Some Harvard students have banded together after the presidential election to form the “Harvard Student Power Network,” a group intended to unite activists at the University against President-elect Donald Trump.
The group first formed in late November in response to Trump’s victory over Democratic nominee Hillary R. Clinton. The idea for the network arose from discussions between Harvard’s student activists in the days following the election, according to Sonya A. L. Karabel ’18, an active member of the group and an organizer with the Student Labor Action Movement.
“The idea is to increase communication between different segments of the activist community so that we can stand together more effectively,” Karabel, an inactive Crimson editor, said. “If anything huge comes up, we can really quickly mobilize. Maybe something like we really need to protect undocumented students now because mass deportations are a threat.”
Karabel and several SLAM members sent emails to a number of Harvard activist and cultural groups—including Divest Harvard and the Black Students Association—to recruit members for an anti-Trump coalition. A group for the Power Network on the messaging app GroupMe currently has 75 members, Karabel said.
Since its founding in late November, the student coalition has met twice in Boylston Hall, drawing approximately 40 people to each meeting, according to Karabel. She added the group is a “work in progress,” with members still “hammering out” details like leadership structure and timing of future meetings. Currently, the group consists mainly of undergraduates, though Karabel said several graduate students are involved.
The group will kick off its first event, a three-day program intended to teach Harvard students about activism, Tuesday. The event, called “Planning the Resistance: A Student Power Activist Training” and slated to take place mainly in Boylston Hall, includes speeches and workshops led by Harvard students, graduates, and local activists.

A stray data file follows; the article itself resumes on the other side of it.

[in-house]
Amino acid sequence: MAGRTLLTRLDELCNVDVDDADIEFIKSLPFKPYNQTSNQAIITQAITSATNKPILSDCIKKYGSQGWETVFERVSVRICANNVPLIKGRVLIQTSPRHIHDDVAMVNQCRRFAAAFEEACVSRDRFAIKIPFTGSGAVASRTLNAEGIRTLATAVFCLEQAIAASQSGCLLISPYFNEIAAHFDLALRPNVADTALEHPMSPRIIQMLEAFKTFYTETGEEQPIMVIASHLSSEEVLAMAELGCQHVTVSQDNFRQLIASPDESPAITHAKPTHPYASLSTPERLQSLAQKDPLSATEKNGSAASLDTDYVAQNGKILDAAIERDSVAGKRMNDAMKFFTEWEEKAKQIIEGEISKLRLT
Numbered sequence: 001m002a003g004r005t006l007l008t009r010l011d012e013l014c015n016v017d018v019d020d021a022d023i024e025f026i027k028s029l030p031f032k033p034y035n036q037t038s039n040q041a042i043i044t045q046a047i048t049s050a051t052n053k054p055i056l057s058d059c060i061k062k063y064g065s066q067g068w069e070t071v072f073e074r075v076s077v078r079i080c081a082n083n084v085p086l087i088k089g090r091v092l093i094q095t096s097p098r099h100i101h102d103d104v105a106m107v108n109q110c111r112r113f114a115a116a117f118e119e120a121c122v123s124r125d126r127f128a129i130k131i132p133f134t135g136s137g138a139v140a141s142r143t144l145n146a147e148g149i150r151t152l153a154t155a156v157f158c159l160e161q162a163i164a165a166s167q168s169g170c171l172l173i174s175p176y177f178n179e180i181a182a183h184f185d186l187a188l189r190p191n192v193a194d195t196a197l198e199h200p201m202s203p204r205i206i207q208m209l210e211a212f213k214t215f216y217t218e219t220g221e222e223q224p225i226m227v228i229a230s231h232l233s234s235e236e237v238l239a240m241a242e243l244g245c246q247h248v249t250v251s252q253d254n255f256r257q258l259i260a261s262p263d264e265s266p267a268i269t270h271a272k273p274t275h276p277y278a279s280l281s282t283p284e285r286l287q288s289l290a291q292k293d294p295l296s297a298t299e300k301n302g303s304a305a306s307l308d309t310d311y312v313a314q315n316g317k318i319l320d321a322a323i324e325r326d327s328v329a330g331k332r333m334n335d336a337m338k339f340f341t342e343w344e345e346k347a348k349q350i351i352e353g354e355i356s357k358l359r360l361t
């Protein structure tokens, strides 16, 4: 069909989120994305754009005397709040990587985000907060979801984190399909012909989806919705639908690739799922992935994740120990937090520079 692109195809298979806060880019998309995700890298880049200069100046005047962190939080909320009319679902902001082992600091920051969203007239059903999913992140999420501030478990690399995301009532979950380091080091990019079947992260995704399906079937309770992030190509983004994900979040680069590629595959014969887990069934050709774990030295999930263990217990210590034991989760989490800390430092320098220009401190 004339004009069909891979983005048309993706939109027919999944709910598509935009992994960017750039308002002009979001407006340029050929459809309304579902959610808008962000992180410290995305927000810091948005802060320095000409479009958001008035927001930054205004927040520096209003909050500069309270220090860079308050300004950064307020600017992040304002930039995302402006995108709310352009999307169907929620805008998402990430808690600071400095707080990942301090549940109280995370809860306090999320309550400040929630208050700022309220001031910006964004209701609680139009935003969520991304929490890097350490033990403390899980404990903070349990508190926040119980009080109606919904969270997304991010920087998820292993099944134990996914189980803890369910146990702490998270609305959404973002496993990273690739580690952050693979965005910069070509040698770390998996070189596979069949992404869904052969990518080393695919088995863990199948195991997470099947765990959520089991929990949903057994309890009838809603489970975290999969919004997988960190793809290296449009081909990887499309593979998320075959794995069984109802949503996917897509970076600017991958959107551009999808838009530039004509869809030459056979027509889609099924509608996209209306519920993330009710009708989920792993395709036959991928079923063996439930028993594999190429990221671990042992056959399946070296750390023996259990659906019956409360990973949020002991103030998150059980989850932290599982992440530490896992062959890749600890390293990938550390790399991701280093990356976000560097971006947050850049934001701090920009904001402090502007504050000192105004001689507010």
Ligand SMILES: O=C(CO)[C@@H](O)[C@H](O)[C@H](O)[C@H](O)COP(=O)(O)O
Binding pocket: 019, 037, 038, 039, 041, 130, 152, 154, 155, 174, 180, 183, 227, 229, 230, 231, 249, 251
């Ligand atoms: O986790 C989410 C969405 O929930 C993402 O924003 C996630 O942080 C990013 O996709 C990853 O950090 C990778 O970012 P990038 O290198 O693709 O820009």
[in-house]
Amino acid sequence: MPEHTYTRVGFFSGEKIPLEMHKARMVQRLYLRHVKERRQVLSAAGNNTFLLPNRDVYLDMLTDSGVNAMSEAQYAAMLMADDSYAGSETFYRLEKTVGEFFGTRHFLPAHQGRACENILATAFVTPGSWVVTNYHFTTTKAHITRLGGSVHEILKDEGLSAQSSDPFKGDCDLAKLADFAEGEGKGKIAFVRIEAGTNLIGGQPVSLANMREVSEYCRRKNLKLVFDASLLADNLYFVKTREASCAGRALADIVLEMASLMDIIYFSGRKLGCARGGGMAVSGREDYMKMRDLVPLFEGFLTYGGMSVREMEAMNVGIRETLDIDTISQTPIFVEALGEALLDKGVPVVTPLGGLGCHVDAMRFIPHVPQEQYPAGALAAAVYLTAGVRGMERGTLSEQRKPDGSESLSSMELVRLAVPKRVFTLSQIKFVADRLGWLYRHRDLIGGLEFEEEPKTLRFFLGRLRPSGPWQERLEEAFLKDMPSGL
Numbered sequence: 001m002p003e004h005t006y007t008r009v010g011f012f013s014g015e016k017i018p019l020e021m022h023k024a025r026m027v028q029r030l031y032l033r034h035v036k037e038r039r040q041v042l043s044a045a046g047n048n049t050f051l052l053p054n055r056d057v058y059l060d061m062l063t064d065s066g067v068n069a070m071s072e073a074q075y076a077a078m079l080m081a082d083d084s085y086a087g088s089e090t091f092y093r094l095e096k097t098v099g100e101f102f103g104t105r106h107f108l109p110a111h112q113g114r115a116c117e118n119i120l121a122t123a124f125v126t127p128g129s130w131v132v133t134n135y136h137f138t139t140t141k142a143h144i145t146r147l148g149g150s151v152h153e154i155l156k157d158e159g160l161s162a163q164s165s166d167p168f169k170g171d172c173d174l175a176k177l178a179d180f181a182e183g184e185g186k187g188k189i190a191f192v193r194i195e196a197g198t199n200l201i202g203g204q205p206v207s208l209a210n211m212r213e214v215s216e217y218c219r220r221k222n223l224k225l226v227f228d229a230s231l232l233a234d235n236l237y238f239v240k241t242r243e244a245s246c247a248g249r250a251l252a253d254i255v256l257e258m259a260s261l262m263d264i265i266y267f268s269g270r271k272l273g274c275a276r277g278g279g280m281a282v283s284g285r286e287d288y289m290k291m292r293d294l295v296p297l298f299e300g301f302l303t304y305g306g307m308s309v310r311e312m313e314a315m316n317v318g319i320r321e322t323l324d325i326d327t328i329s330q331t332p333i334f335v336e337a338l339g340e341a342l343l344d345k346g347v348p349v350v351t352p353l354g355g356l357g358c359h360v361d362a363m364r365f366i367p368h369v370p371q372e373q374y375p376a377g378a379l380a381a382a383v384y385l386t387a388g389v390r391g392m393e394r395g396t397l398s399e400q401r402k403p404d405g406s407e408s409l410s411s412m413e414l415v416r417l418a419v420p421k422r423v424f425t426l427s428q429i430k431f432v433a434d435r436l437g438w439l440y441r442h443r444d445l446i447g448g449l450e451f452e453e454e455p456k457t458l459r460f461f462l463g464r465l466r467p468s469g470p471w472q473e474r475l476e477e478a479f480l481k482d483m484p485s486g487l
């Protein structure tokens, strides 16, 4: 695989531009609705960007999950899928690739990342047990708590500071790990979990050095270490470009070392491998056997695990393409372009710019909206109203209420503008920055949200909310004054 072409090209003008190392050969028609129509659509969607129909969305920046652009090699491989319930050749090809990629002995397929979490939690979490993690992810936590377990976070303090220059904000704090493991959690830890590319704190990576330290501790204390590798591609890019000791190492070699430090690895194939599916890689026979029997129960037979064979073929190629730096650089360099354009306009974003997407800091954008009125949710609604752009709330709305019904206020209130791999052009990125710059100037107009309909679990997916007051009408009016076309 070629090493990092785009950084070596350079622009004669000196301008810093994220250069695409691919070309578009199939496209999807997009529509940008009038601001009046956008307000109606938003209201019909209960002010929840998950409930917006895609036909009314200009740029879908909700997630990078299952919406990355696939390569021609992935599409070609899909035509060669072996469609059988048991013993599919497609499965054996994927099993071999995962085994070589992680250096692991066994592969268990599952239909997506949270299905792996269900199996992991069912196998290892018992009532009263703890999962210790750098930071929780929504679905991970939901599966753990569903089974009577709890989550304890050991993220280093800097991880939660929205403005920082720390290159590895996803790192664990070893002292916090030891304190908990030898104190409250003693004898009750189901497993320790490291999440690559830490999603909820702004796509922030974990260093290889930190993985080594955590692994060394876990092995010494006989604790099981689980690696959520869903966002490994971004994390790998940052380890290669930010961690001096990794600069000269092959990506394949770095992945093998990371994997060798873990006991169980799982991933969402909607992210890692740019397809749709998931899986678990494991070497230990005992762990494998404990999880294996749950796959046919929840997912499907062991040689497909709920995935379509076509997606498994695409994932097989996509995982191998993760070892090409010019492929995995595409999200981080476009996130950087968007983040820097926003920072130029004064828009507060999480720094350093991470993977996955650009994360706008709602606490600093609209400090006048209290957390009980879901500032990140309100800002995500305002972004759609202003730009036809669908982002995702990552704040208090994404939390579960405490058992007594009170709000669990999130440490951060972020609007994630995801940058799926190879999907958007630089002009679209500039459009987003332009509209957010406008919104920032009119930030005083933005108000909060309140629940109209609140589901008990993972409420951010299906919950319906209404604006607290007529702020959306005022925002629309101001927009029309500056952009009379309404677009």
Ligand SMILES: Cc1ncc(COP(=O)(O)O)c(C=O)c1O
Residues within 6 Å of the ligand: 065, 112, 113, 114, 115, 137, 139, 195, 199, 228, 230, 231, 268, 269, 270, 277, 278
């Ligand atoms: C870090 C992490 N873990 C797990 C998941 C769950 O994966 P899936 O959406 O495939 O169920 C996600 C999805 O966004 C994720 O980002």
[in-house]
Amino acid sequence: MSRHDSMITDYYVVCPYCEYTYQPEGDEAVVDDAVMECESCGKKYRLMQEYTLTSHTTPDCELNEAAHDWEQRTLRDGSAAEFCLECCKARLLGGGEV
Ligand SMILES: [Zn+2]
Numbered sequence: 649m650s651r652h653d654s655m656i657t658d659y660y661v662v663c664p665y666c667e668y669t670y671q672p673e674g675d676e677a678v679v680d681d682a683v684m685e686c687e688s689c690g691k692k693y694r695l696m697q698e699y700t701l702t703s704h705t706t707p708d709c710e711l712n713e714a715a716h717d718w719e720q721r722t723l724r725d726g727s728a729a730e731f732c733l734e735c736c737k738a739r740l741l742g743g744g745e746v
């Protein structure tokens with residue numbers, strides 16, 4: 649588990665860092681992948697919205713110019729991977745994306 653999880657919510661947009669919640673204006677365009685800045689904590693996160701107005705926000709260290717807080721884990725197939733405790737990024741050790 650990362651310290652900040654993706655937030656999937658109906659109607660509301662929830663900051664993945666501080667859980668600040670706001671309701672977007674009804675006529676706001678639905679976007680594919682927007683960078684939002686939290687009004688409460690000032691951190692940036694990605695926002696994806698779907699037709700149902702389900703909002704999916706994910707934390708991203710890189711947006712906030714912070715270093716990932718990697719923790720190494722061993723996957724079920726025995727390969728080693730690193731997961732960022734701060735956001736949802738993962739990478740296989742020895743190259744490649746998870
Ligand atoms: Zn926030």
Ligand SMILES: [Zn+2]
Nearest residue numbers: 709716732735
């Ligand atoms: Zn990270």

Each session on the schedule tackles a different topic. In her workshop Wednesday afternoon, for example, Black Lives Matter Cambridge organizer DiDi Delgado plans to instruct students on “nonviolent direct action.”
Anwar Omeish ’19, a member of the network who helped organize the training, said the event has three goals: to foster connections between student activists, to provide attendees with a “political education,” and to build participants’ “skill sets” as activists.
“I hope people will leave feeling empowered with the skills and the knowledge that they can then take to organizing around important issues,” she said.
A Facebook event for the training invites Harvard students to “join the resistance” against Trump’s presidency and policies.
On the final day of training, roughly 30 participants will leave Harvard for Washington, D.C. to participate in protests against Trump on Jan. 20, when he will be inaugurated. Jonathan S. Roberts ’17, an active member of the network, said he thought the D.C. trip would help students understand what “resistance looks like.”
As she prepared for the network’s first formal event, Karabel said she is excited about the group’s ability to navigate an uncertain future.
“The idea is that this group can be called upon when something is really going down,” she said. “So we’ll see what goes down.”
–Staff writer Hannah Natanson can be reached at email@example.com. Follow her on Twitter @hannah_natanson.